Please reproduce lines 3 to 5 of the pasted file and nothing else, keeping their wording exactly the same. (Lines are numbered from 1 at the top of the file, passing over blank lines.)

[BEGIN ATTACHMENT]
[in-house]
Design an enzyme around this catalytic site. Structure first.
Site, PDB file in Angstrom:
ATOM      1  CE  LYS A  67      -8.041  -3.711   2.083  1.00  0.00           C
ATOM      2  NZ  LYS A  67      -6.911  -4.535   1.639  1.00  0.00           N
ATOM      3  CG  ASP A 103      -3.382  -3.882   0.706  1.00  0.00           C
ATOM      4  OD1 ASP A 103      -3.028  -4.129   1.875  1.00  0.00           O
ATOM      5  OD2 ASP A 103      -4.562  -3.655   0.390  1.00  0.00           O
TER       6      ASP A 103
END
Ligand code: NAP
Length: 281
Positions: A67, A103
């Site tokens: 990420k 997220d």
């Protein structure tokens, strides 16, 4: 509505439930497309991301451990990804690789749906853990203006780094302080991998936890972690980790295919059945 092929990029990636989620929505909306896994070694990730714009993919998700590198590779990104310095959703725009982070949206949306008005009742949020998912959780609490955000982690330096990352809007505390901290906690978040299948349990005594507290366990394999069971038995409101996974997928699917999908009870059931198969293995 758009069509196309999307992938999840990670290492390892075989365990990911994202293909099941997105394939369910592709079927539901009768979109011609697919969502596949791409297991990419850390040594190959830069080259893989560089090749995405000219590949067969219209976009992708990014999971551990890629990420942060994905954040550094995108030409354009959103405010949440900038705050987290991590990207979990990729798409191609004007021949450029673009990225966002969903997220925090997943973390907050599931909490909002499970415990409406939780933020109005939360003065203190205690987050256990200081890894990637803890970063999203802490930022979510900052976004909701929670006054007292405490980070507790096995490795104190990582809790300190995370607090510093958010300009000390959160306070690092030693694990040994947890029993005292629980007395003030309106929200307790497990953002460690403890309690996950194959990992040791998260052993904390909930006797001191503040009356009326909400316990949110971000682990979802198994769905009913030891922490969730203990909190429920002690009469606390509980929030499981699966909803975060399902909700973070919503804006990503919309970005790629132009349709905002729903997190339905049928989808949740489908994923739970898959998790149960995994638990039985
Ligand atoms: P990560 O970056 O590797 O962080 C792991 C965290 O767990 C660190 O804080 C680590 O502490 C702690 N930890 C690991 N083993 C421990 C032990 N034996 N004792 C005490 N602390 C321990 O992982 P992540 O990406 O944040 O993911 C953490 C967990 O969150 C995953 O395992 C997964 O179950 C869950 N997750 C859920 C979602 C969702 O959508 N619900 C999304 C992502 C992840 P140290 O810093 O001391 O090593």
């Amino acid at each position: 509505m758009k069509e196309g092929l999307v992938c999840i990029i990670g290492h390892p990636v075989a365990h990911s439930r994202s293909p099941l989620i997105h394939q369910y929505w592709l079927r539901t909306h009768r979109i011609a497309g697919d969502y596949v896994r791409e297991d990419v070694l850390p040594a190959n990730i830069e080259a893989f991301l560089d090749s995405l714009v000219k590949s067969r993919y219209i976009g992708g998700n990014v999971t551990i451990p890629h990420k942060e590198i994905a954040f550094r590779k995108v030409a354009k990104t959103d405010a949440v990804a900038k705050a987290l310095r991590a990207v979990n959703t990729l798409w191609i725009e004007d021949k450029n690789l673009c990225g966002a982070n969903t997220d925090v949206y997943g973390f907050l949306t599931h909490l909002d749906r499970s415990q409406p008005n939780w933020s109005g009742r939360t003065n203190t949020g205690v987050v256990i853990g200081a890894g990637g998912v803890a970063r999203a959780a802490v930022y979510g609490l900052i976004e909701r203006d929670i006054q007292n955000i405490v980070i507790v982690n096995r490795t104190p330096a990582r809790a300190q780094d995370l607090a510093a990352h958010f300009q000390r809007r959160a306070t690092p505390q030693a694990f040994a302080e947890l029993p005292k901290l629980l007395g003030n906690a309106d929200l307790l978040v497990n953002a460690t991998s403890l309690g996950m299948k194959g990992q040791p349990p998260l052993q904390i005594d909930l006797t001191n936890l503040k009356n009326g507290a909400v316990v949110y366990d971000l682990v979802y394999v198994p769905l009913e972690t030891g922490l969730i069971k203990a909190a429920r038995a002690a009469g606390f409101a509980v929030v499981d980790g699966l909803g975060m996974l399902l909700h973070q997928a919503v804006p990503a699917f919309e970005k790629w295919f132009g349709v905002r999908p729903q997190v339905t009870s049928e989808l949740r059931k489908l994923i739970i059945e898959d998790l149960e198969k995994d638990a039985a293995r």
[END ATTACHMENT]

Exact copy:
Site, PDB file in Angstrom:
ATOM      1  CE  LYS A  67      -8.041  -3.711   2.083  1.00  0.00           C
ATOM      2  NZ  LYS A  67      -6.911  -4.535   1.639  1.00  0.00           N